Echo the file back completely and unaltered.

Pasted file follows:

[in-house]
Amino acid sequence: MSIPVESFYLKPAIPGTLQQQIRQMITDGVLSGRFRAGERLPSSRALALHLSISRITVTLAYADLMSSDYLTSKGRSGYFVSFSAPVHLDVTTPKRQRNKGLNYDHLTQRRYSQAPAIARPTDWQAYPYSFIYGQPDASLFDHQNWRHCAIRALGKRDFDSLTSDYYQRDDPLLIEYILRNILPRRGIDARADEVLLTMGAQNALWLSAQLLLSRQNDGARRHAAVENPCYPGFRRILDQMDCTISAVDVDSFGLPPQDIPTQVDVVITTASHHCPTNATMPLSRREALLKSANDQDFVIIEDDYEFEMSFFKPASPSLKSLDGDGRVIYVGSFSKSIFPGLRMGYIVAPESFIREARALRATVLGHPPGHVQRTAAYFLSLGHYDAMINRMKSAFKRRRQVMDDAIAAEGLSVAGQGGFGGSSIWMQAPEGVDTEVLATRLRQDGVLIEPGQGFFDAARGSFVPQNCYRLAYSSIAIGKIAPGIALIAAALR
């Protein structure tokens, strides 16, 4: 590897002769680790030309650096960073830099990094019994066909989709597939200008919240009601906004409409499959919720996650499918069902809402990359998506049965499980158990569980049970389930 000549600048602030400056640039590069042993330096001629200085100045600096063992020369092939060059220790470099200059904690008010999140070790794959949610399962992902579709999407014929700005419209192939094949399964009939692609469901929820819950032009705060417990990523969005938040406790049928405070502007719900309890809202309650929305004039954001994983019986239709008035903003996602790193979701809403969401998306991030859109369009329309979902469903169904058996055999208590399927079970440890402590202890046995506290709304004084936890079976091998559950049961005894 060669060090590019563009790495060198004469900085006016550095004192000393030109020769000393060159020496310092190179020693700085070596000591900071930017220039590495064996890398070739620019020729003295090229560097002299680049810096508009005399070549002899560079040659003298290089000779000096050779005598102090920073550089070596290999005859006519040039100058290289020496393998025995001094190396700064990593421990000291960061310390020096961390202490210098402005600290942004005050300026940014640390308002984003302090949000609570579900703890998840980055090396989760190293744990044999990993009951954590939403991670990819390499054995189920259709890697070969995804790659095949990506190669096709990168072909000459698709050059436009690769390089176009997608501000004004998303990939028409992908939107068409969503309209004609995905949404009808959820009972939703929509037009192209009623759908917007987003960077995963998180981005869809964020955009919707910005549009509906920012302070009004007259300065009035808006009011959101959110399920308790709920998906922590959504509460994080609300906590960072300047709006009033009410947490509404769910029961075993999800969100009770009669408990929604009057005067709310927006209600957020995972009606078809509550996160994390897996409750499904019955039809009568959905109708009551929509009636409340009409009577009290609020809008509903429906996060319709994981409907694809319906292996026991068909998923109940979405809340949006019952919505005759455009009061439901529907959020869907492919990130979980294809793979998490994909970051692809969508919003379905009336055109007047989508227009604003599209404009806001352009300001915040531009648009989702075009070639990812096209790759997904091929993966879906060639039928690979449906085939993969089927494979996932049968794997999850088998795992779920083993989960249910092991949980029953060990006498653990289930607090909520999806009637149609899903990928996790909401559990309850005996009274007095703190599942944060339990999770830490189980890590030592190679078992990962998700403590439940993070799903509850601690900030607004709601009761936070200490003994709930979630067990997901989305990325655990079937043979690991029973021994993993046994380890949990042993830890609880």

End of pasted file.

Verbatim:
[in-house]
Amino acid sequence: MSIPVESFYLKPAIPGTLQQQIRQMITDGVLSGRFRAGERLPSSRALALHLSISRITVTLAYADLMSSDYLTSKGRSGYFVSFSAPVHLDVTTPKRQRNKGLNYDHLTQRRYSQAPAIARPTDWQAYPYSFIYGQPDASLFDHQNWRHCAIRALGKRDFDSLTSDYYQRDDPLLIEYILRNILPRRGIDARADEVLLTMGAQNALWLSAQLLLSRQNDGARRHAAVENPCYPGFRRILDQMDCTISAVDVDSFGLPPQDIPTQVDVVITTASHHCPTNATMPLSRREALLKSANDQDFVIIEDDYEFEMSFFKPASPSLKSLDGDGRVIYVGSFSKSIFPGLRMGYIVAPESFIREARALRATVLGHPPGHVQRTAAYFLSLGHYDAMINRMKSAFKRRRQVMDDAIAAEGLSVAGQGGFGGSSIWMQAPEGVDTEVLATRLRQDGVLIEPGQGFFDAARGSFVPQNCYRLAYSSIAIGKIAPGIALIAAALR
């Protein structure tokens, strides 16, 4: 590897002769680790030309650096960073830099990094019994066909989709597939200008919240009601906004409409499959919720996650499918069902809402990359998506049965499980158990569980049970389930 000549600048602030400056640039590069042993330096001629200085100045600096063992020369092939060059220790470099200059904690008010999140070790794959949610399962992902579709999407014929700005419209192939094949399964009939692609469901929820819950032009705060417990990523969005938040406790049928405070502007719900309890809202309650929305004039954001994983019986239709008035903003996602790193979701809403969401998306991030859109369009329309979902469903169904058996055999208590399927079970440890402590202890046995506290709304004084936890079976091998559950049961005894 060669060090590019563009790495060198004469900085006016550095004192000393030109020769000393060159020496310092190179020693700085070596000591900071930017220039590495064996890398070739620019020729003295090229560097002299680049810096508009005399070549002899560079040659003298290089000779000096050779005598102090920073550089070596290999005859006519040039100058290289020496393998025995001094190396700064990593421990000291960061310390020096961390202490210098402005600290942004005050300026940014640390308002984003302090949000609570579900703890998840980055090396989760190293744990044999990993009951954590939403991670990819390499054995189920259709890697070969995804790659095949990506190669096709990168072909000459698709050059436009690769390089176009997608501000004004998303990939028409992908939107068409969503309209004609995905949404009808959820009972939703929509037009192209009623759908917007987003960077995963998180981005869809964020955009919707910005549009509906920012302070009004007259300065009035808006009011959101959110399920308790709920998906922590959504509460994080609300906590960072300047709006009033009410947490509404769910029961075993999800969100009770009669408990929604009057005067709310927006209600957020995972009606078809509550996160994390897996409750499904019955039809009568959905109708009551929509009636409340009409009577009290609020809008509903429906996060319709994981409907694809319906292996026991068909998923109940979405809340949006019952919505005759455009009061439901529907959020869907492919990130979980294809793979998490994909970051692809969508919003379905009336055109007047989508227009604003599209404009806001352009300001915040531009648009989702075009070639990812096209790759997904091929993966879906060639039928690979449906085939993969089927494979996932049968794997999850088998795992779920083993989960249910092991949980029953060990006498653990289930607090909520999806009637149609899903990928996790909401559990309850005996009274007095703190599942944060339990999770830490189980890590030592190679078992990962998700403590439940993070799903509850601690900030607004709601009761936070200490003994709930979630067990997901989305990325655990079937043979690991029973021994993993046994380890949990042993830890609880």